As far as birthdays go, Canada’s is often celebrated in a backyard or campground over hot dogs and beer. And in all fairness, it’s a perfectly enjoyable way to spend the July 1st long weekend (minus the mosquitoes).
But this year, I spent Canada Day doing something a bit more special than that, something that highlights the splendor of this nation in a very glorious fashion.
I, along with 14 others, hiked to the summit of Crowsnest Mountain, one of the most iconic peaks in Southwest Alberta.
There’s a lot of talk about Crowsnest Mountain, about how difficult it is, how scary, how dangerous and, of course, how magnificent. I concur only with the last claim. Any mountain can be all of those things if unprepared and reckless. But with the proper gear, trustworthy hiking companions and basic mountaineering know-how, this mountain, too, becomes conquerable.
Don’t get me wrong, it’s still difficult! Totalling 14 km round trip, an elevation of about 2,700 m and tricky footing on loose scree and rock, this certainly isn’t a mountain to hike willy-nilly. We had experienced hikers and scramblers guiding us and everyone had helmets, proper footwear, plenty of water and layers. We were prepared, and that’s what made Crowsnest Mountain an enjoyable, challenging and rewarding hike.
On the drive up to the base that morning, the Crow was almost completely cloud-covered, making us a bit worried that all we would see is a smoky haze when we reached the summit. But hey, we’re not a bunch of Negative Nancys, so of course we kept going with a spring in our step!
You start your way in the Atlas Staging Area precisely at marker for kilometre 7. The first third of the route, you’re walking along a clearly defined path through forest where Thimbleberry bushes grow left and right in abundance.
At the end of the forest is where, quite abruptly, the view opens up to reveal the Seven Sisters Mountain, the rock-scattered backside of Crow. The first uphill bit is climbing up a scree slope where one step forward is equal to two steps back. But take it slow and steady, try to secure your footing as much as possible on the bigger rocks, and your journey will go more smoothly.
The most daunting part of the hike, and the section that is Crowsnest Mountain’s most defining feature, is the gully. A chain at the end of the gully is a comforting help to get up the slope. Our group didn’t really use it on the way up, but coming down, was it ever helpful!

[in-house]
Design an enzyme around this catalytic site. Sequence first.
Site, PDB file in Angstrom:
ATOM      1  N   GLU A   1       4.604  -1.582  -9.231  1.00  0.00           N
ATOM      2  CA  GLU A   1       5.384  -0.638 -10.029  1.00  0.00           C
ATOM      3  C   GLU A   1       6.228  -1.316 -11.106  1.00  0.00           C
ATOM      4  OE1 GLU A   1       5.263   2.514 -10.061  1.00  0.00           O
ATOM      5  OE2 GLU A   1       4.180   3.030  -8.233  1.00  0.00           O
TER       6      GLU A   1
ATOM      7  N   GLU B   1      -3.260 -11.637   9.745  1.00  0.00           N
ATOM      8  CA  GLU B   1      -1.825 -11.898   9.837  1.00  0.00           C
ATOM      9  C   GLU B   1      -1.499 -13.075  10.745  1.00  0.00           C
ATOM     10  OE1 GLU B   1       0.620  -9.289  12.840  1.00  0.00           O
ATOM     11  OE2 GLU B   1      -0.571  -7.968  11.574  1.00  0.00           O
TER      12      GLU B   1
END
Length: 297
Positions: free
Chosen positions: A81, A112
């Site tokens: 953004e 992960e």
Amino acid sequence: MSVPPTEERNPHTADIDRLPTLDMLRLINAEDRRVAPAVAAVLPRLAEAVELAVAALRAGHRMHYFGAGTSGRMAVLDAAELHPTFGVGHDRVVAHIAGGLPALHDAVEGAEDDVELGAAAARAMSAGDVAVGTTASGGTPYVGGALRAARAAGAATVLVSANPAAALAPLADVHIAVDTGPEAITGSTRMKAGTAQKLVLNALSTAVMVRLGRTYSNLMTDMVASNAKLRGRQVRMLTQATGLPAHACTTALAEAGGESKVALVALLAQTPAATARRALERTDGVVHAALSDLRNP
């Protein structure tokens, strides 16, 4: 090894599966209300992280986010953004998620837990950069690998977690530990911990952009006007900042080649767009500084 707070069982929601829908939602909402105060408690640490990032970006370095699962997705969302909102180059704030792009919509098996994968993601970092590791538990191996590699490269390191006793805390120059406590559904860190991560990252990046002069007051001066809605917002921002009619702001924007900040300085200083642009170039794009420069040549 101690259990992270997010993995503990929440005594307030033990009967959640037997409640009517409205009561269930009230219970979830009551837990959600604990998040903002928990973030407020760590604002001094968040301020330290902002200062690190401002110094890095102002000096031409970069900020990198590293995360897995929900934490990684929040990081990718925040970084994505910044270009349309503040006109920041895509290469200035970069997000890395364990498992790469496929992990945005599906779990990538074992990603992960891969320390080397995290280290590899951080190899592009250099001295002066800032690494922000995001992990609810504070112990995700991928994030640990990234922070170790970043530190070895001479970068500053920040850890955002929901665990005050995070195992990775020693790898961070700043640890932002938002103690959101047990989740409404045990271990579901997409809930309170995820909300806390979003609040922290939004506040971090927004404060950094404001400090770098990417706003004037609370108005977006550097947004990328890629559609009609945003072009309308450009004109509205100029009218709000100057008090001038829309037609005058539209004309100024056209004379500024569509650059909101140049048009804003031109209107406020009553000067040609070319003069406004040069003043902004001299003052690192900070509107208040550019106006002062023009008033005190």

After that, it’s much of the same hiking along a fairly well-defined rock path to the summit and by the time we reached it, the sky had cleared (mostly) and while the clouds in the distance looked pretty threatening, we got clear 360 degree views for miles and miles, as far as Chief Mountain all the way in Montana, right by the Canada/US border. In fact, looking southeast, you can line up Turtle Mountain, Table Mountain and Chief Mountain in a straight line. I’ve heard that these three peaks, along with Crowsnest, were used as wayfinding landmarks by Indigenous populations.
At the summit, you get a spectacular look at the Seven Sisters Mountain to the north and a bit west of that, there’s Mount Ward and the window in Allison Peak. Turning southwest, you can also see Chinook Lake and, farther back, Crowsnest, Emerald and Island Lakes. It’s just sky and mountains for days on end.
After a break, a snack and hanging a Canadian flag on an empty post at the summit (it was Canada Day, after all), we started our descent. The way down went much more quickly than the way up, save for one section: the chain. See, we strategically started the hike at around 7:30 a.m., so we were the first ones on the mountain that day. When we reached the chain, our group went up one by one to avoid rockfall for a person below.
By the time we were coming down, however, there were groups who had started much later than us and were just coming to the chain section to go up as we reached it to descend. So a bit of a traffic jam formed, you might say. We spent at least an hour at the chain as we waited for other groups to climb up, and then for our own group to climb down, again, one by one. And let me tell you, climbing down is a lot more difficult than climbing up!
Slow and steady, as they say.
We reached our vehicles just as a light rain started to fall and couldn’t help but think, “Perfect timing!” The Crow certainly is a mountain I’d prefer to visit with in good weather only.